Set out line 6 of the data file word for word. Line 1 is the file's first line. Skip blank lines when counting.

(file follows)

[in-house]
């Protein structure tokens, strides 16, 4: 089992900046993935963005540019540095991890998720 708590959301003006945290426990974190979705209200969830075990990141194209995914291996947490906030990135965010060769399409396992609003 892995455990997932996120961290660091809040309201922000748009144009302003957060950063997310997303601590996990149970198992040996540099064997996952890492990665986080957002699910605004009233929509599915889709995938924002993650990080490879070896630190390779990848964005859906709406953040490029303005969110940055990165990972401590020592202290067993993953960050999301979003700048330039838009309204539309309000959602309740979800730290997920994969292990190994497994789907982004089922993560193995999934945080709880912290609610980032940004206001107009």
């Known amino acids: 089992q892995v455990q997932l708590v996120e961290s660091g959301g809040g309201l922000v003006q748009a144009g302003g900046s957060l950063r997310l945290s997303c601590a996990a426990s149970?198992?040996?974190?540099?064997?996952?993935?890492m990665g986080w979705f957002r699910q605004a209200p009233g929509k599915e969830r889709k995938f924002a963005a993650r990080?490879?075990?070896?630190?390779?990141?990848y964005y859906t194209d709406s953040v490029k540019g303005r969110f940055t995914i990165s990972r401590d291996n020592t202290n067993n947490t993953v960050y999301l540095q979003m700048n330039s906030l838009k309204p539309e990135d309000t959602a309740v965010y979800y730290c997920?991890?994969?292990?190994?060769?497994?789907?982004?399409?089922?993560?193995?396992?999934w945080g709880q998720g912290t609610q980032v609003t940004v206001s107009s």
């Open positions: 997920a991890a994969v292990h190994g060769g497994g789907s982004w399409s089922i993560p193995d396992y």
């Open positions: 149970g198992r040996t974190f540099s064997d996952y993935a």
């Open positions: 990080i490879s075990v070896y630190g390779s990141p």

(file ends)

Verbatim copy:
């Open positions: 990080i490879s075990v070896y630190g390779s990141p």